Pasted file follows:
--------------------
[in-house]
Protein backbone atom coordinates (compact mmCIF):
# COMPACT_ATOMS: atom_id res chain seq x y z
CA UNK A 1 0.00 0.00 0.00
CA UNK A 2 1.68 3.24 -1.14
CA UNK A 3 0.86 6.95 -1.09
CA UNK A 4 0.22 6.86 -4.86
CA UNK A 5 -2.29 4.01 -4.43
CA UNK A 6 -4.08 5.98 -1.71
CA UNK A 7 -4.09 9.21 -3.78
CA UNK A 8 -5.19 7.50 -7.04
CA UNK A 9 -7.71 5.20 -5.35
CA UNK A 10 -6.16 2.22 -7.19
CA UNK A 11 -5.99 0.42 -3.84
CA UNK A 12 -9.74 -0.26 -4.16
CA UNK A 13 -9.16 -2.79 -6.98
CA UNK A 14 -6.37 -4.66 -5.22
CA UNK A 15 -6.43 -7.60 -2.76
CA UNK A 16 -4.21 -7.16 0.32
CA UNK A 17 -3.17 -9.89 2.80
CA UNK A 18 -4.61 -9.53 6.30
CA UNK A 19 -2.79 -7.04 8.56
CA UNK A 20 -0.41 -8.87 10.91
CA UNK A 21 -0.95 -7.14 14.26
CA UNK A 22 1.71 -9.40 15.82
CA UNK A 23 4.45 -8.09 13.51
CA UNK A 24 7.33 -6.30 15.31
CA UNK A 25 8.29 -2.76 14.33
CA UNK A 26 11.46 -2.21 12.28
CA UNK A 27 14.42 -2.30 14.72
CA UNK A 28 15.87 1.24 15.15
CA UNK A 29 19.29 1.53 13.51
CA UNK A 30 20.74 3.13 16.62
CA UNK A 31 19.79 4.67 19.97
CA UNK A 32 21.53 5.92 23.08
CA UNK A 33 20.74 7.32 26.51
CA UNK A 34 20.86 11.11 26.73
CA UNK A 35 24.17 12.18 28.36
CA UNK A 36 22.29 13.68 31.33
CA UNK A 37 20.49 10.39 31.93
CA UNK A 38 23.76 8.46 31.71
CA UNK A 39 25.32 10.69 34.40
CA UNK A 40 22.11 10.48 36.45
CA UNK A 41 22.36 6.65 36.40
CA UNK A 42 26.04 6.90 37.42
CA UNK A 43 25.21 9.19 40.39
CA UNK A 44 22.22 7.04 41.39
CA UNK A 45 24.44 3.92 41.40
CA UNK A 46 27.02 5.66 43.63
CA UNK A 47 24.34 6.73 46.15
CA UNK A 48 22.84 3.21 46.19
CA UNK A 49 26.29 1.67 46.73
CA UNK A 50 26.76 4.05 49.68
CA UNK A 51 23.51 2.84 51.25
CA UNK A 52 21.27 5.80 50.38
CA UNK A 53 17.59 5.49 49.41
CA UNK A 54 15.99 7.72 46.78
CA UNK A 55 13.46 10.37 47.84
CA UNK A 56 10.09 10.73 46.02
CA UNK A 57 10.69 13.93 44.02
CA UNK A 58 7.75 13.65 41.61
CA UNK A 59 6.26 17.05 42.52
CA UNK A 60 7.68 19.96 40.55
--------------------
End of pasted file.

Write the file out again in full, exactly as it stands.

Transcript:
[in-house]
Protein backbone atom coordinates (compact mmCIF):
# COMPACT_ATOMS: atom_id res chain seq x y z
CA UNK A 1 0.00 0.00 0.00
CA UNK A 2 1.68 3.24 -1.14
CA UNK A 3 0.86 6.95 -1.09
CA UNK A 4 0.22 6.86 -4.86
CA UNK A 5 -2.29 4.01 -4.43
CA UNK A 6 -4.08 5.98 -1.71
CA UNK A 7 -4.09 9.21 -3.78
CA UNK A 8 -5.19 7.50 -7.04
CA UNK A 9 -7.71 5.20 -5.35
CA UNK A 10 -6.16 2.22 -7.19
CA UNK A 11 -5.99 0.42 -3.84
CA UNK A 12 -9.74 -0.26 -4.16
CA UNK A 13 -9.16 -2.79 -6.98
CA UNK A 14 -6.37 -4.66 -5.22
CA UNK A 15 -6.43 -7.60 -2.76
CA UNK A 16 -4.21 -7.16 0.32
CA UNK A 17 -3.17 -9.89 2.80
CA UNK A 18 -4.61 -9.53 6.30
CA UNK A 19 -2.79 -7.04 8.56
CA UNK A 20 -0.41 -8.87 10.91
CA UNK A 21 -0.95 -7.14 14.26
CA UNK A 22 1.71 -9.40 15.82
CA UNK A 23 4.45 -8.09 13.51
CA UNK A 24 7.33 -6.30 15.31
CA UNK A 25 8.29 -2.76 14.33
CA UNK A 26 11.46 -2.21 12.28
CA UNK A 27 14.42 -2.30 14.72
CA UNK A 28 15.87 1.24 15.15
CA UNK A 29 19.29 1.53 13.51
CA UNK A 30 20.74 3.13 16.62
CA UNK A 31 19.79 4.67 19.97
CA UNK A 32 21.53 5.92 23.08
CA UNK A 33 20.74 7.32 26.51
CA UNK A 34 20.86 11.11 26.73
CA UNK A 35 24.17 12.18 28.36
CA UNK A 36 22.29 13.68 31.33
CA UNK A 37 20.49 10.39 31.93
CA UNK A 38 23.76 8.46 31.71
CA UNK A 39 25.32 10.69 34.40
CA UNK A 40 22.11 10.48 36.45
CA UNK A 41 22.36 6.65 36.40
CA UNK A 42 26.04 6.90 37.42
CA UNK A 43 25.21 9.19 40.39
CA UNK A 44 22.22 7.04 41.39
CA UNK A 45 24.44 3.92 41.40
CA UNK A 46 27.02 5.66 43.63
CA UNK A 47 24.34 6.73 46.15
CA UNK A 48 22.84 3.21 46.19
CA UNK A 49 26.29 1.67 46.73
CA UNK A 50 26.76 4.05 49.68
CA UNK A 51 23.51 2.84 51.25
CA UNK A 52 21.27 5.80 50.38
CA UNK A 53 17.59 5.49 49.41
CA UNK A 54 15.99 7.72 46.78
CA UNK A 55 13.46 10.37 47.84
CA UNK A 56 10.09 10.73 46.02
CA UNK A 57 10.69 13.93 44.02
CA UNK A 58 7.75 13.65 41.61
CA UNK A 59 6.26 17.05 42.52
CA UNK A 60 7.68 19.96 40.55